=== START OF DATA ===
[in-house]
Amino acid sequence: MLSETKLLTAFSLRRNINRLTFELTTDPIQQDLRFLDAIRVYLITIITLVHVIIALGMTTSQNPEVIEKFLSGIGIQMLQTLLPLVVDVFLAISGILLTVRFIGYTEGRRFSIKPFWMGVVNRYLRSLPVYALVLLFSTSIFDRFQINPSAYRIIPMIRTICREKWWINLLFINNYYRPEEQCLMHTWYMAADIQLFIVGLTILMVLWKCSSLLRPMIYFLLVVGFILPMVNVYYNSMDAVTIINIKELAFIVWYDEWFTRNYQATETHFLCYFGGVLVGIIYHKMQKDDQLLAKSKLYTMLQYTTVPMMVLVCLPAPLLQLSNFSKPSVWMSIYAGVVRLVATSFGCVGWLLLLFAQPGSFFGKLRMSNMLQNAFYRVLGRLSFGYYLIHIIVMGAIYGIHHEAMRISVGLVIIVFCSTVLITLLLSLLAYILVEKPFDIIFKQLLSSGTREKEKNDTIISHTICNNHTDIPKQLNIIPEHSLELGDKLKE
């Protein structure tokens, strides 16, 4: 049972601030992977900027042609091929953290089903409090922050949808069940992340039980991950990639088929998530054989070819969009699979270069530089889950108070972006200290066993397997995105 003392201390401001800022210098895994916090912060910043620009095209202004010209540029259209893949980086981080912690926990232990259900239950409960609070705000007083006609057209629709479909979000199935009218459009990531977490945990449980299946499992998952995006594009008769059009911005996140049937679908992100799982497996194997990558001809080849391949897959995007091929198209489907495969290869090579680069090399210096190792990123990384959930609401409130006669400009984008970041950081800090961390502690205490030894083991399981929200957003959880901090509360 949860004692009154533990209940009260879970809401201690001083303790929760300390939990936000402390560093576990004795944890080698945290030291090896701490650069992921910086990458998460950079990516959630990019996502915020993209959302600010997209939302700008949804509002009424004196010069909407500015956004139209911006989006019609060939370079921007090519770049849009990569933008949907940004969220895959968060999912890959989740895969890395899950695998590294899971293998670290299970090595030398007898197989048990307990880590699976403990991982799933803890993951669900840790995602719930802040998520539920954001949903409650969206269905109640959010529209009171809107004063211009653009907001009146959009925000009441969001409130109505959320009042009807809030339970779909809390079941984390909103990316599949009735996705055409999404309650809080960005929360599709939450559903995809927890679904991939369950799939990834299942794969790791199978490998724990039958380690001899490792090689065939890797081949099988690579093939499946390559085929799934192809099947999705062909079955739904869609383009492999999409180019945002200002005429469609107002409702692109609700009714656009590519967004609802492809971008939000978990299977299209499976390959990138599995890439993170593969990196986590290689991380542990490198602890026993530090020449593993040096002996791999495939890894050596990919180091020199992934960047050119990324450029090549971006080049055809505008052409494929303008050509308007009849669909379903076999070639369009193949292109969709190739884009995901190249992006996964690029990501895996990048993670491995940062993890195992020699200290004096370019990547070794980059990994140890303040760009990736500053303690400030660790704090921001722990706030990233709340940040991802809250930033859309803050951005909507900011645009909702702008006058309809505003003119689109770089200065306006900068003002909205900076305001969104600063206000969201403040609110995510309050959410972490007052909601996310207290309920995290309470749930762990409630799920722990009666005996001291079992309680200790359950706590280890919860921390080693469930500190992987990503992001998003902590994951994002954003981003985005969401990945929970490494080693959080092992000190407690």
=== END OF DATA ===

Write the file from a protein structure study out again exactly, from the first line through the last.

[in-house]
Amino acid sequence: MLSETKLLTAFSLRRNINRLTFELTTDPIQQDLRFLDAIRVYLITIITLVHVIIALGMTTSQNPEVIEKFLSGIGIQMLQTLLPLVVDVFLAISGILLTVRFIGYTEGRRFSIKPFWMGVVNRYLRSLPVYALVLLFSTSIFDRFQINPSAYRIIPMIRTICREKWWINLLFINNYYRPEEQCLMHTWYMAADIQLFIVGLTILMVLWKCSSLLRPMIYFLLVVGFILPMVNVYYNSMDAVTIINIKELAFIVWYDEWFTRNYQATETHFLCYFGGVLVGIIYHKMQKDDQLLAKSKLYTMLQYTTVPMMVLVCLPAPLLQLSNFSKPSVWMSIYAGVVRLVATSFGCVGWLLLLFAQPGSFFGKLRMSNMLQNAFYRVLGRLSFGYYLIHIIVMGAIYGIHHEAMRISVGLVIIVFCSTVLITLLLSLLAYILVEKPFDIIFKQLLSSGTREKEKNDTIISHTICNNHTDIPKQLNIIPEHSLELGDKLKE
């Protein structure tokens, strides 16, 4: 049972601030992977900027042609091929953290089903409090922050949808069940992340039980991950990639088929998530054989070819969009699979270069530089889950108070972006200290066993397997995105 003392201390401001800022210098895994916090912060910043620009095209202004010209540029259209893949980086981080912690926990232990259900239950409960609070705000007083006609057209629709479909979000199935009218459009990531977490945990449980299946499992998952995006594009008769059009911005996140049937679908992100799982497996194997990558001809080849391949897959995007091929198209489907495969290869090579680069090399210096190792990123990384959930609401409130006669400009984008970041950081800090961390502690205490030894083991399981929200957003959880901090509360 949860004692009154533990209940009260879970809401201690001083303790929760300390939990936000402390560093576990004795944890080698945290030291090896701490650069992921910086990458998460950079990516959630990019996502915020993209959302600010997209939302700008949804509002009424004196010069909407500015956004139209911006989006019609060939370079921007090519770049849009990569933008949907940004969220895959968060999912890959989740895969890395899950695998590294899971293998670290299970090595030398007898197989048990307990880590699976403990991982799933803890993951669900840790995602719930802040998520539920954001949903409650969206269905109640959010529209009171809107004063211009653009907001009146959009925000009441969001409130109505959320009042009807809030339970779909809390079941984390909103990316599949009735996705055409999404309650809080960005929360599709939450559903995809927890679904991939369950799939990834299942794969790791199978490998724990039958380690001899490792090689065939890797081949099988690579093939499946390559085929799934192809099947999705062909079955739904869609383009492999999409180019945002200002005429469609107002409702692109609700009714656009590519967004609802492809971008939000978990299977299209499976390959990138599995890439993170593969990196986590290689991380542990490198602890026993530090020449593993040096002996791999495939890894050596990919180091020199992934960047050119990324450029090549971006080049055809505008052409494929303008050509308007009849669909379903076999070639369009193949292109969709190739884009995901190249992006996964690029990501895996990048993670491995940062993890195992020699200290004096370019990547070794980059990994140890303040760009990736500053303690400030660790704090921001722990706030990233709340940040991802809250930033859309803050951005909507900011645009909702702008006058309809505003003119689109770089200065306006900068003002909205900076305001969104600063206000969201403040609110995510309050959410972490007052909601996310207290309920995290309470749930762990409630799920722990009666005996001291079992309680200790359950706590280890919860921390080693469930500190992987990503992001998003902590994951994002954003981003985005969401990945929970490494080693959080092992000190407690």